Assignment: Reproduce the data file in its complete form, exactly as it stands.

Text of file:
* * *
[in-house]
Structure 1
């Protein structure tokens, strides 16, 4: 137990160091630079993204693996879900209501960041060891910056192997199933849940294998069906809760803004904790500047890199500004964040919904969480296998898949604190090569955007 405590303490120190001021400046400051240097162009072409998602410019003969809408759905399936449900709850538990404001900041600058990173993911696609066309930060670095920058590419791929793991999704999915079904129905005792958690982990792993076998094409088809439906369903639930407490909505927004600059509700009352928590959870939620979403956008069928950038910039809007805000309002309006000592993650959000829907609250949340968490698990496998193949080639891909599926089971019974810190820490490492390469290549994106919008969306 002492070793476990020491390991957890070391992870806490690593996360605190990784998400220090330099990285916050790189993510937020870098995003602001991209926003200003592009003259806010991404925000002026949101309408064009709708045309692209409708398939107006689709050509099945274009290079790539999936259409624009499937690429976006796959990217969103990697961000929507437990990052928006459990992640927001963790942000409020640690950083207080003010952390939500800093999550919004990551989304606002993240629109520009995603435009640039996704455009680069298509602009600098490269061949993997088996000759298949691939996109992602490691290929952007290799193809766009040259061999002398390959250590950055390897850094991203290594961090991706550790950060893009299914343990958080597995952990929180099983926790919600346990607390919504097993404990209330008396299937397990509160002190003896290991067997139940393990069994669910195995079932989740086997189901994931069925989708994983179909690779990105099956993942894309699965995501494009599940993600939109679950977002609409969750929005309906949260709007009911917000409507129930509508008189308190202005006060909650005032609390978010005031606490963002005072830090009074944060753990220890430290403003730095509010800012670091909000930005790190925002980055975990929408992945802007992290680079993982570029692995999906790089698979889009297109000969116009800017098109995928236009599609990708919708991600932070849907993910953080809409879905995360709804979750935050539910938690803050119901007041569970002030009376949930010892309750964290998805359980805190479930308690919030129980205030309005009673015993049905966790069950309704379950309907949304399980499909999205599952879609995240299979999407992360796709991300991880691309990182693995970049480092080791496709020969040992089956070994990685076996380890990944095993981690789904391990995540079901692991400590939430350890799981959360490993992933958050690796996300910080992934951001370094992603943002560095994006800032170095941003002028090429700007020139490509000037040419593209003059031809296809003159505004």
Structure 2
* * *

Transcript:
[in-house]
Structure 1
């Protein structure tokens, strides 16, 4: 137990160091630079993204693996879900209501960041060891910056192997199933849940294998069906809760803004904790500047890199500004964040919904969480296998898949604190090569955007 405590303490120190001021400046400051240097162009072409998602410019003969809408759905399936449900709850538990404001900041600058990173993911696609066309930060670095920058590419791929793991999704999915079904129905005792958690982990792993076998094409088809439906369903639930407490909505927004600059509700009352928590959870939620979403956008069928950038910039809007805000309002309006000592993650959000829907609250949340968490698990496998193949080639891909599926089971019974810190820490490492390469290549994106919008969306 002492070793476990020491390991957890070391992870806490690593996360605190990784998400220090330099990285916050790189993510937020870098995003602001991209926003200003592009003259806010991404925000002026949101309408064009709708045309692209409708398939107006689709050509099945274009290079790539999936259409624009499937690429976006796959990217969103990697961000929507437990990052928006459990992640927001963790942000409020640690950083207080003010952390939500800093999550919004990551989304606002993240629109520009995603435009640039996704455009680069298509602009600098490269061949993997088996000759298949691939996109992602490691290929952007290799193809766009040259061999002398390959250590950055390897850094991203290594961090991706550790950060893009299914343990958080597995952990929180099983926790919600346990607390919504097993404990209330008396299937397990509160002190003896290991067997139940393990069994669910195995079932989740086997189901994931069925989708994983179909690779990105099956993942894309699965995501494009599940993600939109679950977002609409969750929005309906949260709007009911917000409507129930509508008189308190202005006060909650005032609390978010005031606490963002005072830090009074944060753990220890430290403003730095509010800012670091909000930005790190925002980055975990929408992945802007992290680079993982570029692995999906790089698979889009297109000969116009800017098109995928236009599609990708919708991600932070849907993910953080809409879905995360709804979750935050539910938690803050119901007041569970002030009376949930010892309750964290998805359980805190479930308690919030129980205030309005009673015993049905966790069950309704379950309907949304399980499909999205599952879609995240299979999407992360796709991300991880691309990182693995970049480092080791496709020969040992089956070994990685076996380890990944095993981690789904391990995540079901692991400590939430350890799981959360490993992933958050690796996300910080992934951001370094992603943002560095994006800032170095941003002028090429700007020139490509000037040419593209003059031809296809003159505004």
Structure 2